Adbloglandia In 60 Seconds

Let’s look at ad blogs ourselves for a moment. Shall we?
Steve Hall tells Shedwa that the work ad bloggers do is important.

We have a huge impact. Ad Age reads us (by us, I mean all ad blogs) because they don’t want to miss anything. In one sense, we do a lot of early reporting for them. Uncover new trends, stories, scoops which then sometimes find their way onto the pages of Ad Age. I’m not saying we’re a replacement but a welcome addition that fleshes out what’s going on in the industry.

Ariel Waldman examines her motivations for blogging:

1. Because I read 200-600 blogs a day on average already for work
2. I now have an excuse for shit-talking (“Blogging is all about transparency, and you’re just transparently an asshole”)
3. You can only read so many Scoble blogging-blunders until you completely lose it
4. It’s like I’m the only girl at a comic book convention
5. I needed another reason to make my coworkers give me weird looks

Lastly, Adjab (a Weblogs Inc. site) calls it quits.

It’s important to point out that a blog retirement is not a blog failure. Here at Weblogs, Inc. we are continually honing our network to be the best content engine for readers and bloggers both. In part, that means figuring out how to divide our resources that, sadly, are not infinite.

p.s. Steve Hall says Ariel gets invited to participate in memes because she looks good in pictures. Jetpacks comes to her defense with, “Steve is wrong. I tagged you not only because you’re the slow kid on the playground, but you are the slow kid who can write.” Amen, Jetpacks.

About David Burn

Co-founder and editor of AdPulp. I wrote my first ad for a political candidate when I was 17 years old. She won her race and I felt the seductive power of advertising for the first time. I worked for seven agencies in five states before launching my own practice in 2009. Today, I am head of brand strategy and creative at Bonehook in Portland, Oregon.


  1. Steve needs to grow up. He spends more time looking for photos of scantily clad women than he does figuring out whether the ads he posts are current or even real. Ariel’s a good deal smarter, to say the least.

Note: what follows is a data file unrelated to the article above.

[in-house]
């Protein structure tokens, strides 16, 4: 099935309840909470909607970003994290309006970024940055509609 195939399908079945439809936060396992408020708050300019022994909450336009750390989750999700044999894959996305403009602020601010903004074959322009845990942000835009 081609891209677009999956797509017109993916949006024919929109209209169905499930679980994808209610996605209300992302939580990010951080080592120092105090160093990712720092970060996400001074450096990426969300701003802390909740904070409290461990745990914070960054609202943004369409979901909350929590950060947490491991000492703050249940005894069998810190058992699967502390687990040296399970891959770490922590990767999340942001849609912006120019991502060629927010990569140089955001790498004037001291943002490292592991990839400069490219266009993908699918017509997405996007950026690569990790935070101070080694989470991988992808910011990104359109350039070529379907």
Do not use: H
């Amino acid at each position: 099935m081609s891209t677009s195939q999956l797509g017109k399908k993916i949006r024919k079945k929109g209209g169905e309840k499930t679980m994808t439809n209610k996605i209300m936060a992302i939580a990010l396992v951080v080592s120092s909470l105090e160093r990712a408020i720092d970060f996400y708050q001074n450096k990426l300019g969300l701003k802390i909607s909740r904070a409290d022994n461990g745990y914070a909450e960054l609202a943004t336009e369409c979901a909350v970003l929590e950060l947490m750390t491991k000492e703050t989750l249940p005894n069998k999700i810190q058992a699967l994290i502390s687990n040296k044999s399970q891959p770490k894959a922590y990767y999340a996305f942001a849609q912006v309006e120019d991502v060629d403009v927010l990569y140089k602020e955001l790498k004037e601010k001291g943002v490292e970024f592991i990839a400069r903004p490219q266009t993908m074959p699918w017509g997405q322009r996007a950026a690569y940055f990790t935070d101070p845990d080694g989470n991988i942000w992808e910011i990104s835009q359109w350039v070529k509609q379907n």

2. Carl LaFong says:

    Agreed, Theo.
    If I want to see “photos of scantily clad women,” I’ll go to the website for Mistress Cleo’s International House of Escorts. Seeing them on a blog that purports to promote serious debate and discussion is, well, kind of creepy.
    Advertising already has a fairly unsavory reputation, thanks in no small part to rampant sexism (and racism and ageism). Guys like Steve — smarmy, smirking middle-aged men who wear their libidos on their sleeves and refer to women as “chicks” — only serve to perpetuate our industry’s unsavory image.
    Steve, do us all a favor and step away from the Victoria’s Secret catalog.
    And, yes, Ariel’s blog is far more insightful and thought provoking than Steve’s.

  3. The fact is what Steve does at Adrants is successful. There’s a place for what he does and a place for what we, and others, do. It all comes down to determining the purpose of one’s blog. In his case making a living is one of his objectives. One that very few ad bloggers, if any, share. Thus, “playing to the masses” is a valid strategy for him. In other words, there aren’t enough ad geeks reading ad blogs to go around; hence the need for more of a general interest appeal. Tits and ass, is something he’s drawn to for sure, but it’s also a business decision. Or so it looks from here.

  4. Ariel reads 200-600 blogs a day? Is that humanly possible?? More importantly, why would anyone want to do that?
    I regularly read this blog, adrants and adfreak. That’s all I have time for.
    The great thing is that each one is unique and offer something different. Adpulp I find to be more thoughtful and analytical about industry trends, communication and culture. Adfreak is a great way to keep up on mass advertising that I don’t otherwise have time (or desire) to consume on my own time. And of course, adrants has a certain snarky attitude that doesn’t degenerate into bitter ranting. (And yes, I admit to sharing some of Steve Hall’s interset in the businesses more, er prurient side…)
    To use a half-baked analogy:
    adpulp: The New Yorker
    adrants: Maxim
    adfreak: Newsweek

  5. Well, that’s certainly flattering, Daveed. Thanks!